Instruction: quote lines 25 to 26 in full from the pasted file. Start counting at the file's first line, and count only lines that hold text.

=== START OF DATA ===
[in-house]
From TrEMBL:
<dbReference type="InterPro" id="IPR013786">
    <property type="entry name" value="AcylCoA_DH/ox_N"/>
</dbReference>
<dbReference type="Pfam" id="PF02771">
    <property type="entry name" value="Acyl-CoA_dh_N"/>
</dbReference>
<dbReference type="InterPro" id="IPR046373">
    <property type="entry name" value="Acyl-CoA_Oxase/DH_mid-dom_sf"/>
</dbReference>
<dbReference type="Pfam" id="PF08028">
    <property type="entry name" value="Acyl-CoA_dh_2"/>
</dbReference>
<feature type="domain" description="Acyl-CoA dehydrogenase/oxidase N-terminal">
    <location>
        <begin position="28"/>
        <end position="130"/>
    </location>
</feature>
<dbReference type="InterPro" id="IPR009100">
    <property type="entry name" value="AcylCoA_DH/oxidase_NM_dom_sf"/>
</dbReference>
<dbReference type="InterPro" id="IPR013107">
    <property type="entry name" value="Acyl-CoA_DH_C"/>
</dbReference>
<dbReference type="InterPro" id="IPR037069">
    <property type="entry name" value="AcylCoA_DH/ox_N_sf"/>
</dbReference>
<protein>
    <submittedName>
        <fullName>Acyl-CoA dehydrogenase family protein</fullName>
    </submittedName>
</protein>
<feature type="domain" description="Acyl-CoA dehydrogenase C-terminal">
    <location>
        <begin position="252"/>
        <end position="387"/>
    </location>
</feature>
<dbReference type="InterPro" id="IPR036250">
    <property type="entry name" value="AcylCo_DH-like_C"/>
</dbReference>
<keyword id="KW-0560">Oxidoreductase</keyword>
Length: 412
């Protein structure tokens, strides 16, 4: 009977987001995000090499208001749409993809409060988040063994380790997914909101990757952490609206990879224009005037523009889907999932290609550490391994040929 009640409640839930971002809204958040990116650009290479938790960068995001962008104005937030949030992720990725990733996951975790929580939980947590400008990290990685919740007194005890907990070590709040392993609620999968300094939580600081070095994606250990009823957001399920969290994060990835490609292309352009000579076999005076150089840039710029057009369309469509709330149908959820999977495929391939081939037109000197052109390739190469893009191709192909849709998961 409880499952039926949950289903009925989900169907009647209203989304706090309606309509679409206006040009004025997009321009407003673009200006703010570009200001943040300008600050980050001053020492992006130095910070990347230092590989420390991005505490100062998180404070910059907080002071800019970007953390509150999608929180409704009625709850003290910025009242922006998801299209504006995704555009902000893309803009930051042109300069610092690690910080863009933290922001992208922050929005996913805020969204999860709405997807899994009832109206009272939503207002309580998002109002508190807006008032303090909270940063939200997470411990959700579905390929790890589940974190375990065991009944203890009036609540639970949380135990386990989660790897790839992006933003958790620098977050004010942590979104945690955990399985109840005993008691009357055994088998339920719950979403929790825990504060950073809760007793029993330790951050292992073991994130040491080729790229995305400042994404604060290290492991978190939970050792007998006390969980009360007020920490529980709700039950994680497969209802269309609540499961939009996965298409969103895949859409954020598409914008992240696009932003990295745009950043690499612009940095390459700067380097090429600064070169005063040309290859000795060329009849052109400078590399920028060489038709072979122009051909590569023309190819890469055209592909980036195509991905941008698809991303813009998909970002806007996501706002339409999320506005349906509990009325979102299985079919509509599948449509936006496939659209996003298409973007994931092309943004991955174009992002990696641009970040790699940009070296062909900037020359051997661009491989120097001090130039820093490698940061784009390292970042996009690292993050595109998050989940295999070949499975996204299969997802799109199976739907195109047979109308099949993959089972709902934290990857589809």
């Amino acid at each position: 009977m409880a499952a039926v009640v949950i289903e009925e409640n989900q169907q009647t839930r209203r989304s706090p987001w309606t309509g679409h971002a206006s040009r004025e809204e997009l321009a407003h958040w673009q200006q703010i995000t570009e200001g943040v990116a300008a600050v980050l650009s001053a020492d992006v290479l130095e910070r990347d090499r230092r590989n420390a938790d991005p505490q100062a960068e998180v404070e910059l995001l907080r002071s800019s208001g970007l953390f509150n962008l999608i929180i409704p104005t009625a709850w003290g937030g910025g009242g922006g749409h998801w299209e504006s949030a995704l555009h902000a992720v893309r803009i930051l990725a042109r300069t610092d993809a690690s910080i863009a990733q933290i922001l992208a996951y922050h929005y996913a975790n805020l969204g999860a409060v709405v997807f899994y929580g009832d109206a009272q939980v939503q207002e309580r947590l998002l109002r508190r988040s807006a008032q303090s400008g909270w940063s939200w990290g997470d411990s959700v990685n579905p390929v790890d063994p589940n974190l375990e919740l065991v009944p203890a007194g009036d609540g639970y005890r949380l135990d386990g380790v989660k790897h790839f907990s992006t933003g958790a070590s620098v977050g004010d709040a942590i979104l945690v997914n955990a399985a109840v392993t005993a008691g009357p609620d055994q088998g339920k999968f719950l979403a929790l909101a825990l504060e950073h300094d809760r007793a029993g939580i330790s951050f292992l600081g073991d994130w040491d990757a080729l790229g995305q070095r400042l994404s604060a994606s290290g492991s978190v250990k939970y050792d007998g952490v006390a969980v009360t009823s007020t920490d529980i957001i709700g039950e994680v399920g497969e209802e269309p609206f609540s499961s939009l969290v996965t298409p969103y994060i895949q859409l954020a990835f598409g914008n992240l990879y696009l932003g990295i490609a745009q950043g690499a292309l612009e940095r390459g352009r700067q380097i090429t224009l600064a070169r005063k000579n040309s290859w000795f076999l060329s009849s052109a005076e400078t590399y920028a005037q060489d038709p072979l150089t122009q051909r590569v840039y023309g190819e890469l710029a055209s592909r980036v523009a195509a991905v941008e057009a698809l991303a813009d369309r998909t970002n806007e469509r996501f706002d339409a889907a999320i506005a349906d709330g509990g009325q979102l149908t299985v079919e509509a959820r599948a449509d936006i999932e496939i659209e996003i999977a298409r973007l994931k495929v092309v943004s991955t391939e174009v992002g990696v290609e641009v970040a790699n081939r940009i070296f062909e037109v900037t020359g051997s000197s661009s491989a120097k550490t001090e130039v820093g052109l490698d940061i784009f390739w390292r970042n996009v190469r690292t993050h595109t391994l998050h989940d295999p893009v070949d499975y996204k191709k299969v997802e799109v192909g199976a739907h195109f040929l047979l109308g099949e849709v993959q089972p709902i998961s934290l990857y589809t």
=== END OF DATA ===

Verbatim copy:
    <property type="entry name" value="Acyl-CoA_DH_C"/>
</dbReference>